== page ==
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Yes, I Took My Meds


Loved it! 😍

A moody memoir that taught me about what daily life might be like for people with bipolar disorder. So interesting and open!

I picked Yes, I Took My Meds up on a whim since the theme of bipolar disorder is tied to what I study at university (neuroscience) and I thought there are a few representations of this psychiatric disorder in the media but I have never read a book about it. With the expectation of reading something unique, I started reading this book interested and open. 

The author of this book is very open and honest, both about her past of self-harm, suicide attempts and sexual abuse as well as the continuous battle with the mood swings, bipolar episodes and ever-changing treatments. The only other account of mental illness that I remember being so open about some of these aspects is probably The Bell Jar by Sylvia Plath, which is also technically a memoir. I really enjoyed how the author of Yes, I Took My Meds reflects on her past and accepts it, respects all the decisions she made and acknowledges that even in the hardest and roughest of times she was strong and her desire to experience life and get better is what got her to where she is now. 

This memoir, despite being an emotional rollercoaster of stories and events, some of which even the author has difficulty piecing together (which is again a result of the illness/medication), has a positive ending which is proof of the author's strength and hope. All throughout the book, intertwined with perfectly described details about the illness, medications and episodes, there are accounts and memories of a normal life, full of milestones and important decisions as well as great responsibilities. I thought this was very telling, as it shows the readers that even with a mental illness people have normal lives with the same burdens and responsibilities as everybody else. It made me think deep and hard about how difficult it would be to juggle self-care and making sure you stay alive while maintaining an income, paying bills and remembering to do everything you need to so that your life is in order. Although this book doesn't have any self-pity, it seeps through how much a struggle the author had to go through because of her illness.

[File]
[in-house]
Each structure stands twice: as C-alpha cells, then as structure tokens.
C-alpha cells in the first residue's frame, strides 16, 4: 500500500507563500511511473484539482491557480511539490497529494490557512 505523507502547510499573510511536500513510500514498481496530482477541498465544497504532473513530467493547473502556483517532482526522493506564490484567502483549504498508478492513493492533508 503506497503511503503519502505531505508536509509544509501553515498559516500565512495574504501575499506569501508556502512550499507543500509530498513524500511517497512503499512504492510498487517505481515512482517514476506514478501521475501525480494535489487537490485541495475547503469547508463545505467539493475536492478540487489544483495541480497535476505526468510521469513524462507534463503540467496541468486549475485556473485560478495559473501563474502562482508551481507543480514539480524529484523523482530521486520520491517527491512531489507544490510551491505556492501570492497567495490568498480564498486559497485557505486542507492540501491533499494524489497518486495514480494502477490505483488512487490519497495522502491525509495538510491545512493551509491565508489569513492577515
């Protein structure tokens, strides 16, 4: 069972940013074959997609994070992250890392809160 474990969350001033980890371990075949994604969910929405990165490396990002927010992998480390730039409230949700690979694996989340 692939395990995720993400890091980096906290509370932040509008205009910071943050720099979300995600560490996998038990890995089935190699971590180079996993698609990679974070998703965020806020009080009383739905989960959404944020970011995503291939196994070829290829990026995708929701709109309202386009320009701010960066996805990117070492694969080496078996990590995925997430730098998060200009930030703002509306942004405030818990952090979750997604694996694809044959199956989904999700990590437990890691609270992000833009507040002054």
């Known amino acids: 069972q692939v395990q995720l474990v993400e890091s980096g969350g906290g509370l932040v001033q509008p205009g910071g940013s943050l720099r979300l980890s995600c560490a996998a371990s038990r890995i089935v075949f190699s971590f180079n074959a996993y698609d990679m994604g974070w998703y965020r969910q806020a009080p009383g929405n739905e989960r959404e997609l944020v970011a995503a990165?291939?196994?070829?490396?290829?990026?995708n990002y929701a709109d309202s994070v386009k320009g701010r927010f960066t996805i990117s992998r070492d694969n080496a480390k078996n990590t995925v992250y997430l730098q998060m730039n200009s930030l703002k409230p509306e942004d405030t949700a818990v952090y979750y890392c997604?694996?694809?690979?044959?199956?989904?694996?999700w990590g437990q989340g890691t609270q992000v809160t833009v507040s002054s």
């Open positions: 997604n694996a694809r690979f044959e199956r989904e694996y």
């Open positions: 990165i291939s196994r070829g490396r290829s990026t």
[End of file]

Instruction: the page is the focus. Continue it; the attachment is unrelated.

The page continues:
Overall, I really enjoyed this book. It was interesting and educative, it made me learn about what daily life might be like for people with bipolar disorder and I appreciate that. I have studied this illness, took notes about it and read all about the problems in emotion regulation and how this happens in the brain, all of the symptoms and possible medications, but this rich and emotional account gave me an insight I couldn't have gotten in any other way. I appreciate the author for opening up in this extraordinary way and making me understand mental health even more. If you are interested in any of the themes I touched upon in this review, I recommend reading this book.

Reviewed by

I am a neuroscience PhD student but I have always been a passionate reader and I have read many different book genres. I also write and have done for a very long time. I would definitely say reading and writing are two of my favourite activities, and I don't think this will change anytime soon.

Bipolar Diary

About the author

Ahiddibah Tsinnie was born and raised in Las Vegas, Nevada. In her free time she studies the Navajo language, reads young adult fiction and fantasy, and writes. She is currently collecting more books than she is reading. Even though the eyesight is failing, she prefers paper books to eBooks. view profile

Published on May 01, 2020

Published by

90000 words

Contains mild explicit content ⚠️

Worked with a Reedsy professional 🏆

Genre: Biographies & Memoirs

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